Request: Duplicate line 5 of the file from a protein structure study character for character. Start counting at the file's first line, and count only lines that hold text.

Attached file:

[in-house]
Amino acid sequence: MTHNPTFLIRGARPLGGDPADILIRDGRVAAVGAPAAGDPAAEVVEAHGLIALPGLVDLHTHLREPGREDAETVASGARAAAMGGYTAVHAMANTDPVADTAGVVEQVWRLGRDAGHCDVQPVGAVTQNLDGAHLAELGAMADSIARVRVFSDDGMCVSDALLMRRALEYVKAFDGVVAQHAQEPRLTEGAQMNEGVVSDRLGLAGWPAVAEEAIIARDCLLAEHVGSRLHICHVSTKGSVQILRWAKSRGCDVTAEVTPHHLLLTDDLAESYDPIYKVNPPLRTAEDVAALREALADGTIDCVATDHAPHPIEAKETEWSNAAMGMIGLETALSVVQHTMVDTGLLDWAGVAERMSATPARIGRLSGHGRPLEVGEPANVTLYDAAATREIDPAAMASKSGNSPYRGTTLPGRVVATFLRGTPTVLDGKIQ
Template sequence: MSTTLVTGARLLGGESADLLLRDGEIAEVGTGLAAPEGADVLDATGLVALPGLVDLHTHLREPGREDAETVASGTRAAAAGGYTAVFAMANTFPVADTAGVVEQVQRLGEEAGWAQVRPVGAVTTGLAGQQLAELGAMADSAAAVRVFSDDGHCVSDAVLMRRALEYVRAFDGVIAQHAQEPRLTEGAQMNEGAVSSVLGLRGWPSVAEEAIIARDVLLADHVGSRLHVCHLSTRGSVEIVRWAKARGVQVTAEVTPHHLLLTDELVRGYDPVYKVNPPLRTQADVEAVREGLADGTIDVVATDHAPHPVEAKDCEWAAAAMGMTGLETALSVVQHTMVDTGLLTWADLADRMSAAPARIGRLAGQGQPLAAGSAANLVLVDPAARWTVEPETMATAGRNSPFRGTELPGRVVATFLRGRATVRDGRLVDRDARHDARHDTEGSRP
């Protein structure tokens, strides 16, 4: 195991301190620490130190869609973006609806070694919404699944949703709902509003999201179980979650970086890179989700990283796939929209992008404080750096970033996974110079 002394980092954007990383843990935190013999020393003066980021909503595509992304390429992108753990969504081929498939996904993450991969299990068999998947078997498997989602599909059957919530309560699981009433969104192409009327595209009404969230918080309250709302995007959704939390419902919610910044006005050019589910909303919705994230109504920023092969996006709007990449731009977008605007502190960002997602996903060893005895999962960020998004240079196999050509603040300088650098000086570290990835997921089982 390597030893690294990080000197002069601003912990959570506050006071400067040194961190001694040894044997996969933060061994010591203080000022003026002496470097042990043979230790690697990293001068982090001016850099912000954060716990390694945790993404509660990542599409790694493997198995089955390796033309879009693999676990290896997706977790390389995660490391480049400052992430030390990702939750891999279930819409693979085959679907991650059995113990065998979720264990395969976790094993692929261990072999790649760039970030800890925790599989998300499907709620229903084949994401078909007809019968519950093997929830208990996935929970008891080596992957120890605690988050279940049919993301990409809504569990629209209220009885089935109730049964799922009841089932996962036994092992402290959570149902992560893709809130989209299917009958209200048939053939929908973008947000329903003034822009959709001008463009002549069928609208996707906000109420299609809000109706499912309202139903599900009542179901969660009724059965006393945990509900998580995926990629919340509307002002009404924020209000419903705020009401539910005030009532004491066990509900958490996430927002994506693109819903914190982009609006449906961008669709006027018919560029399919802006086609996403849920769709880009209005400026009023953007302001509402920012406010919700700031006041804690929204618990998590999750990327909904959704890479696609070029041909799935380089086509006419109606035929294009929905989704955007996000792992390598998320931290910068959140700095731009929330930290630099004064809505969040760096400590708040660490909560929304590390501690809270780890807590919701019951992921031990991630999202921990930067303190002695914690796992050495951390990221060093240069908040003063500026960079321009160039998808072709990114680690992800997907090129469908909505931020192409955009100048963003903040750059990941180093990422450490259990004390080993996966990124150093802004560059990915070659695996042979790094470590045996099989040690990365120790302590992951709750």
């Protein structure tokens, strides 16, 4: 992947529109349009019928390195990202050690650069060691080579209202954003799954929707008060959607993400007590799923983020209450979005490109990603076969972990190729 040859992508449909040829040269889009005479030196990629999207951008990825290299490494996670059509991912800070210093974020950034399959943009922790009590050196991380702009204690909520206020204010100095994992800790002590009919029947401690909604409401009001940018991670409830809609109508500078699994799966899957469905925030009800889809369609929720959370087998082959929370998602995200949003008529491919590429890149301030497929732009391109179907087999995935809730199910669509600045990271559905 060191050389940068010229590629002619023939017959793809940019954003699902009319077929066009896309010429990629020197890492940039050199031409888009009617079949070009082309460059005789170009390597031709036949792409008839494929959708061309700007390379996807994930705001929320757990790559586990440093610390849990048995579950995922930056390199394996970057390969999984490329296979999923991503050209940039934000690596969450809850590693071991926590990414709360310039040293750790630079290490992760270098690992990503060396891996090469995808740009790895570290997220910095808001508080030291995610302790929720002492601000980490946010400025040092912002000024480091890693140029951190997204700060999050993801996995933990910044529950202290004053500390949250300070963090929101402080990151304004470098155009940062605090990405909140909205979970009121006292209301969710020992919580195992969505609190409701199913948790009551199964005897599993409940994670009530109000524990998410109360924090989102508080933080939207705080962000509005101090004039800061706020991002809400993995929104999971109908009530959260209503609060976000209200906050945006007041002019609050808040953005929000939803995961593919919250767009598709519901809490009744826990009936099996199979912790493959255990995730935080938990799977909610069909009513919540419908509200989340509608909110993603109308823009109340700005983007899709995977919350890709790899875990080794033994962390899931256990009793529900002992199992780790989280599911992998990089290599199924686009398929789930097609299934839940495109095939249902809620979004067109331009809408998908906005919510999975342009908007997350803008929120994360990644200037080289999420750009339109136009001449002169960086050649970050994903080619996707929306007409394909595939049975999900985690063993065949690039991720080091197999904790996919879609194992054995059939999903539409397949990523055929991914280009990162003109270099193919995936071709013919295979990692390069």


């Protein structure tokens, strides 16, 4: 992947529109349009019928390195990202050690650069060691080579209202954003799954929707008060959607993400007590799923983020209450979005490109990603076969972990190729 040859992508449909040829040269889009005479030196990629999207951008990825290299490494996670059509991912800070210093974020950034399959943009922790009590050196991380702009204690909520206020204010100095994992800790002590009919029947401690909604409401009001940018991670409830809609109508500078699994799966899957469905925030009800889809369609929720959370087998082959929370998602995200949003008529491919590429890149301030497929732009391109179907087999995935809730199910669509600045990271559905 060191050389940068010229590629002619023939017959793809940019954003699902009319077929066009896309010429990629020197890492940039050199031409888009009617079949070009082309460059005789170009390597031709036949792409008839494929959708061309700007390379996807994930705001929320757990790559586990440093610390849990048995579950995922930056390199394996970057390969999984490329296979999923991503050209940039934000690596969450809850590693071991926590990414709360310039040293750790630079290490992760270098690992990503060396891996090469995808740009790895570290997220910095808001508080030291995610302790929720002492601000980490946010400025040092912002000024480091890693140029951190997204700060999050993801996995933990910044529950202290004053500390949250300070963090929101402080990151304004470098155009940062605090990405909140909205979970009121006292209301969710020992919580195992969505609190409701199913948790009551199964005897599993409940994670009530109000524990998410109360924090989102508080933080939207705080962000509005101090004039800061706020991002809400993995929104999971109908009530959260209503609060976000209200906050945006007041002019609050808040953005929000939803995961593919919250767009598709519901809490009744826990009936099996199979912790493959255990995730935080938990799977909610069909009513919540419908509200989340509608909110993603109308823009109340700005983007899709995977919350890709790899875990080794033994962390899931256990009793529900002992199992780790989280599911992998990089290599199924686009398929789930097609299934839940495109095939249902809620979004067109331009809408998908906005919510999975342009908007997350803008929120994360990644200037080289999420750009339109136009001449002169960086050649970050994903080619996707929306007409394909595939049975999900985690063993065949690039991720080091197999904790996919879609194992054995059939999903539409397949990523055929991914280009990162003109270099193919995936071709013919295979990692390069």